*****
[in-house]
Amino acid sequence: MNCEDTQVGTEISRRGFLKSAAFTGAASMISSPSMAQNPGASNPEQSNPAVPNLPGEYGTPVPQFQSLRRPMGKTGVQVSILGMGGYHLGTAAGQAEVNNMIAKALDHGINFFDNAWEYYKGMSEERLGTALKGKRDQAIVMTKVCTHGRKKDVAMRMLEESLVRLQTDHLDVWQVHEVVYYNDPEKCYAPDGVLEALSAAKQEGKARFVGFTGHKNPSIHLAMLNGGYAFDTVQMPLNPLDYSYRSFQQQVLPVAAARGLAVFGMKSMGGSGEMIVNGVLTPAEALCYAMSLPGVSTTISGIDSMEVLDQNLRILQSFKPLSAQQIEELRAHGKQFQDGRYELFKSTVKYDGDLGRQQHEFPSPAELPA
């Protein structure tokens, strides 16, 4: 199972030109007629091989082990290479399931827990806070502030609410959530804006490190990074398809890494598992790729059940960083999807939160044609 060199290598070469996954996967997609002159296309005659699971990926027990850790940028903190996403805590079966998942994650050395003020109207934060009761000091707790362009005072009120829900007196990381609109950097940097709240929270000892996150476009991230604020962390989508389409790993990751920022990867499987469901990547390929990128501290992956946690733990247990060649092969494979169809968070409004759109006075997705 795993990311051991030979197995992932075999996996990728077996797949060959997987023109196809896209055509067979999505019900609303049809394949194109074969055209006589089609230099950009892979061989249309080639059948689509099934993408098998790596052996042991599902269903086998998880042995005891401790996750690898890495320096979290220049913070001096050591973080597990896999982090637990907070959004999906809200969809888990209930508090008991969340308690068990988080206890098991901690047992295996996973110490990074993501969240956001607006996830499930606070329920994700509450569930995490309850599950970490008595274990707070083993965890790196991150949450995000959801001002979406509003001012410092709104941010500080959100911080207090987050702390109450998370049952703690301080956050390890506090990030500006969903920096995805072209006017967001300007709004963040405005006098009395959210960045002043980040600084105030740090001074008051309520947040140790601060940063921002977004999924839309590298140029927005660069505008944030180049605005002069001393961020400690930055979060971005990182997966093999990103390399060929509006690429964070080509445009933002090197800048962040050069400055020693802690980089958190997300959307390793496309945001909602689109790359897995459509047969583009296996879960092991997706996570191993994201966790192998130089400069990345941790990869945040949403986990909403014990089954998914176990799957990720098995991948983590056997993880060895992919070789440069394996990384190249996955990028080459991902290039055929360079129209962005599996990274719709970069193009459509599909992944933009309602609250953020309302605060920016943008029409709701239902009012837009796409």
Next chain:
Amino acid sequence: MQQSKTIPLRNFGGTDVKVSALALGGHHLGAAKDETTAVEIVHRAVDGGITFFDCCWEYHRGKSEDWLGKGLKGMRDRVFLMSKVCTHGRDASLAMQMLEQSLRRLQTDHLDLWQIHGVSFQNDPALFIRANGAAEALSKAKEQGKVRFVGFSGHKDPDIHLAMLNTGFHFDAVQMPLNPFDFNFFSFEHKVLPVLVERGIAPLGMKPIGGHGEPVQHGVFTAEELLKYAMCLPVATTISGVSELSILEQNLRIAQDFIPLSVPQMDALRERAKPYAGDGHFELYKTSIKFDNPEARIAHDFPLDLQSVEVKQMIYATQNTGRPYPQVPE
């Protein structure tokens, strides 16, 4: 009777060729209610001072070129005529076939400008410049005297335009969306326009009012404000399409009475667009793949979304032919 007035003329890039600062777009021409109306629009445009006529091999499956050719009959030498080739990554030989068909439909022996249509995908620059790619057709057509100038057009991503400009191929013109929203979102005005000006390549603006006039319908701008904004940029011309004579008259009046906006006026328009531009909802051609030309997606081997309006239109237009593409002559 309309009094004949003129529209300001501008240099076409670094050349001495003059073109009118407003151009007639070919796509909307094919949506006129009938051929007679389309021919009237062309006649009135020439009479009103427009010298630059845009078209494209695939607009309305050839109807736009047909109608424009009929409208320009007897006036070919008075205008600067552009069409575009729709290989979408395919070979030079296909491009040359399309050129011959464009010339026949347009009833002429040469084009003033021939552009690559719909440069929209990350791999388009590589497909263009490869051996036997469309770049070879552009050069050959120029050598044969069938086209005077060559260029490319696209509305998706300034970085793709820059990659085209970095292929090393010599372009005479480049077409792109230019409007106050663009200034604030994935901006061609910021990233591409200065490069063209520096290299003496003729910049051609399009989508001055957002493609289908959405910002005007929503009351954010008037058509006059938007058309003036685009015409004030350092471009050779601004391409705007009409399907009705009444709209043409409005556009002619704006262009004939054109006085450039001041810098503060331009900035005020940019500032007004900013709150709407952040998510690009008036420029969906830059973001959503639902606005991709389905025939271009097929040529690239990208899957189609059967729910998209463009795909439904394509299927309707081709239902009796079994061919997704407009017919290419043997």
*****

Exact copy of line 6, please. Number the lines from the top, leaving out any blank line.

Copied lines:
């Protein structure tokens, strides 16, 4: 009777060729209610001072070129005529076939400008410049005297335009969306326009009012404000399409009475667009793949979304032919 007035003329890039600062777009021409109306629009445009006529091999499956050719009959030498080739990554030989068909439909022996249509995908620059790619057709057509100038057009991503400009191929013109929203979102005005000006390549603006006039319908701008904004940029011309004579008259009046906006006026328009531009909802051609030309997606081997309006239109237009593409002559 309309009094004949003129529209300001501008240099076409670094050349001495003059073109009118407003151009007639070919796509909307094919949506006129009938051929007679389309021919009237062309006649009135020439009479009103427009010298630059845009078209494209695939607009309305050839109807736009047909109608424009009929409208320009007897006036070919008075205008600067552009069409575009729709290989979408395919070979030079296909491009040359399309050129011959464009010339026949347009009833002429040469084009003033021939552009690559719909440069929209990350791999388009590589497909263009490869051996036997469309770049070879552009050069050959120029050598044969069938086209005077060559260029490319696209509305998706300034970085793709820059990659085209970095292929090393010599372009005479480049077409792109230019409007106050663009200034604030994935901006061609910021990233591409200065490069063209520096290299003496003729910049051609399009989508001055957002493609289908959405910002005007929503009351954010008037058509006059938007058309003036685009015409004030350092471009050779601004391409705007009409399907009705009444709209043409409005556009002619704006262009004939054109006085450039001041810098503060331009900035005020940019500032007004900013709150709407952040998510690009008036420029969906830059973001959503639902606005991709389905025939271009097929040529690239990208899957189609059967729910998209463009795909439904394509299927309707081709239902009796079994061919997704407009017919290419043997």